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InspirationSept 20, 2023

Top 5 projects by DesignThinkers presenters

Written by Dominic Ayre RGD

As many of you creative minds know, DesignThinkers is kind of like the Super Bowl, a wedding reception, the most joyous museum visit and the best design nerd marketplace all rolled into one event.

This year's Toronto event is no exception, offering an impressive line-up, with some of the greatest names in design appearing on one stage. Stephan Sagmeister, Paula Scher, Tina Roth Eisenberg (or swissmiss as you may know her) are all legends in our industry with incredible stories and portfolios.

Here, I wanted to share 5 projects from 5 of this year's presenters who maybe haven't had as much light shone upon them. We are blessed in Toronto and Vancouver to have this conference as a wealth of inspiration. As you will see in the following projects, the creativity and thoughtfulness has deep bench strength this year.

Catalina Estrada — Anunciação Brand Textile Design

As a designer who is often immersed in branding, my design conversations are usually about clean, clear and simple. Catalina's vision is wholly opposite to that. To see her illustrated work is to be pulled into other worlds. The natural compositions, intricate moments and powerful colour palettes combine to create places of warmth and genuine joy. The textile designs Catalina did for the fashion brand Anunciação from her home country of Brazil is so inspiring. Her compositions applied to fabric are vibrant and add movement to the already animated designs. It is impossible to not smile when you see this incredible work.

Plaid: Lauren Scully & Brian Studak — Tartan at the V&A Dundee 

As a multi-disciplinary exhibit design studio, Plaid is often given briefs that require consideration of upward to 200 or even 300 artifacts per show. This year, they helped the curators at the V&A Museum in Dundee, Scotland design the exhibit Tartan (fitting for a company named Plaid). The show celebrates the global history of a unique pattern and how the rules of the grid have inspired creativity from the everyday to the sublime. The gallery space is divided, like a tartan swatch, into nine equal parts, with the Tartan and the Grid in the centre. One exciting detail of the exhibition is its focus on colour. The show transitions from the first two stages being quite neutral and the last section being the most immersive colour system.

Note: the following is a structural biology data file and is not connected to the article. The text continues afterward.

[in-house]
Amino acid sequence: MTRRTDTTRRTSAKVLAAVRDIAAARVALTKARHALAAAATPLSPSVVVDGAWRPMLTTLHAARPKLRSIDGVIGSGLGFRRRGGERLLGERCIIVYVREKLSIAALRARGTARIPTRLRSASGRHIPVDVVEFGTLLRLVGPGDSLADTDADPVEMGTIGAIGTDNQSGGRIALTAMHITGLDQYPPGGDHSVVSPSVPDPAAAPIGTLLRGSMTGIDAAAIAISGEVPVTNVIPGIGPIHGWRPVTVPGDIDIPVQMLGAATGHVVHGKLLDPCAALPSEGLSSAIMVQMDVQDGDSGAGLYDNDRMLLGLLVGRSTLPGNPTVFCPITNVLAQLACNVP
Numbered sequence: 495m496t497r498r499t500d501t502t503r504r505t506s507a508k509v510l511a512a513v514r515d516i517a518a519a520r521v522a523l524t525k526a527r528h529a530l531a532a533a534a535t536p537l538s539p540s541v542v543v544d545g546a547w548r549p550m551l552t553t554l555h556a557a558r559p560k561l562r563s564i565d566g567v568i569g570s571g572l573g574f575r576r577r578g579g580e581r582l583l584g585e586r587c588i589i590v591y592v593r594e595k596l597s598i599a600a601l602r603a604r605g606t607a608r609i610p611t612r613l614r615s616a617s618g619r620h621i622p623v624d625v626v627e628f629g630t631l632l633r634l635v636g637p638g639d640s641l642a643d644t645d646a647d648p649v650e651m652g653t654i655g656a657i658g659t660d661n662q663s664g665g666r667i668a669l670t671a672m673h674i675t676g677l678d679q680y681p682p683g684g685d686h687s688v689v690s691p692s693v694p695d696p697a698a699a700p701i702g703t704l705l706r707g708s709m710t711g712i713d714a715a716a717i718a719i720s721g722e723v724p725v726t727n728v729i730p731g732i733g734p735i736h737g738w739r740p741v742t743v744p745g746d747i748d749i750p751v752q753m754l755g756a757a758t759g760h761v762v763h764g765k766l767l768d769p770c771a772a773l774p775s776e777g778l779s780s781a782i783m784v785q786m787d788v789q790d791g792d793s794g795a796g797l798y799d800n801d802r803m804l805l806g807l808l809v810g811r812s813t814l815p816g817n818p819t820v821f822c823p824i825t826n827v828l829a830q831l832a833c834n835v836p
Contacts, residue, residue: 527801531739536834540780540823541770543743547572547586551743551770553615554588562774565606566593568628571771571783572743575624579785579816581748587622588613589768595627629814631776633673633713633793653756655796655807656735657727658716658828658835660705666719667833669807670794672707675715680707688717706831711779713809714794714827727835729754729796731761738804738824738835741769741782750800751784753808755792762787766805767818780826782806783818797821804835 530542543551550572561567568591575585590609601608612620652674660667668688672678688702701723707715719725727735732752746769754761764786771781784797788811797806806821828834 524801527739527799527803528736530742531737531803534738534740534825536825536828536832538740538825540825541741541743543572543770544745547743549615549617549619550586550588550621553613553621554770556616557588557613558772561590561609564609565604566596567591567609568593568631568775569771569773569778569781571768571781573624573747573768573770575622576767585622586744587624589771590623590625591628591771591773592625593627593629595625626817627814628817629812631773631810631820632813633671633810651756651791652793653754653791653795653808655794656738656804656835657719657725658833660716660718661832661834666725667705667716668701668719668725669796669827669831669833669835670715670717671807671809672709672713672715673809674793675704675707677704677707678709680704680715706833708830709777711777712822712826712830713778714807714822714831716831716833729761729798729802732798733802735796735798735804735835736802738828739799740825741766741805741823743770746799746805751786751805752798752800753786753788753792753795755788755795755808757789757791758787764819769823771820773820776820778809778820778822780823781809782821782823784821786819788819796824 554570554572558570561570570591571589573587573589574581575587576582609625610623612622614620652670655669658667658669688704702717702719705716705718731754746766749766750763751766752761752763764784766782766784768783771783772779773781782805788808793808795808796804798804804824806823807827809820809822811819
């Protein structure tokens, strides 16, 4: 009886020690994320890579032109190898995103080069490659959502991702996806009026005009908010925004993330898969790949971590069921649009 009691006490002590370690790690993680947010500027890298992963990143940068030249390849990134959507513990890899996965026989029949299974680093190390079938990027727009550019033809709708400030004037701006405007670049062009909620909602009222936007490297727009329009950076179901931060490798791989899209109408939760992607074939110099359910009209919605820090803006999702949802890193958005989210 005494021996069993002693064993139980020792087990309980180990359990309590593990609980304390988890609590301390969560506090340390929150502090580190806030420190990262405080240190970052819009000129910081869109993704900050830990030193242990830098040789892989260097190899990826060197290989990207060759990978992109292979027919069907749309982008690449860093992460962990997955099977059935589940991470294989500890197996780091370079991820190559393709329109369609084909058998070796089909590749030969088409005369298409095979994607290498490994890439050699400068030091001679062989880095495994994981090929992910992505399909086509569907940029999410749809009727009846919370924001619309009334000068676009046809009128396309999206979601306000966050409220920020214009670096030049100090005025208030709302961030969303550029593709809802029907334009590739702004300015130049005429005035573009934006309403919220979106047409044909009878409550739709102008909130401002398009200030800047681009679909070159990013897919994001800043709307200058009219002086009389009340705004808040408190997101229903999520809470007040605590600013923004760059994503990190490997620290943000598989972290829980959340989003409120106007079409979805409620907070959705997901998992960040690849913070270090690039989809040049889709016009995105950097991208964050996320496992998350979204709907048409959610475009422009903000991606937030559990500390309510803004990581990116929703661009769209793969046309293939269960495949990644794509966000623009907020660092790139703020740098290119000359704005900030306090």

Zipeng Zhu — Stop Asian Hate

Zipeng's consistent advocacy work against Asian hate should be talked about at all levels. Reports show that hate crimes against the Asian community skyrocketed to over 300% in the US (Canada saw a spike as well). With his trademark chunky typography and super-saturated colour palettes, Zipeng's work allows people to consider this topic through in approachable and democratic graphic language. The takeover of New York City's Times Square gives Zipeng's work a canvas to highlight how large the discussion needs to be.

Base Design: Min Lew — Spoiling Fate

Created for The Royal Theatre of La Monnaie in Brussels, Spoiling Fate is one of the most interesting uses of AI generated art (in a world that is rampant with AI generated art). The theme of the season was Fate, which allowed Base Design the opportunity to deliberately lose control of the creation process (well, a certain amount of control). They asked the playwrights of La Monnaie to summarize each play in one line and used those as the content prompts for the AI generator. Base Design created a typographic system that juxtaposed tradition and modernity. That type system coupled with the AI-driven motion language allowed the campaign visuals to bring the story to life in often very unexpected and shocking ways. Watch the launch trailer here.

Christopher Rouleau — Sundays: A Celebration of Breakfast and Family in 52 Essential Recipes Illustrations

Christopher has been a hugely influential designer and letterer in the Toronto community for over 15 years. Recognized widely for his brush and hand lettering (the subject of his workshop at DesignThinkers), Chris is also a very accomplished illustrator. Sundays: A Celebration of Breakfast and Family in 52 Essential Recipes, written by Mark Pupo and published this year, features over 50 illustrations to accompany the recipes within. Often with a vintage feel, Chris' work balances the styles of heritage painting and fresh, bold flat design, allowing his work to find appeal from general fans and designers alike.

Dominic Ayre RGD has worked in Toronto as a designer for more than 25 years. At Hambly & Woolley, Dominic focuses on high-level strategic initiatives with clients such as York University, the RGD, OCAD University, CIFAR and Quadrangle Architects. Currently, on faculty at OCAD U, Dom is an enthusiastic mentor to new designers and is known in the design community for his expertise in typography, web platforms, design trends and popular culture.


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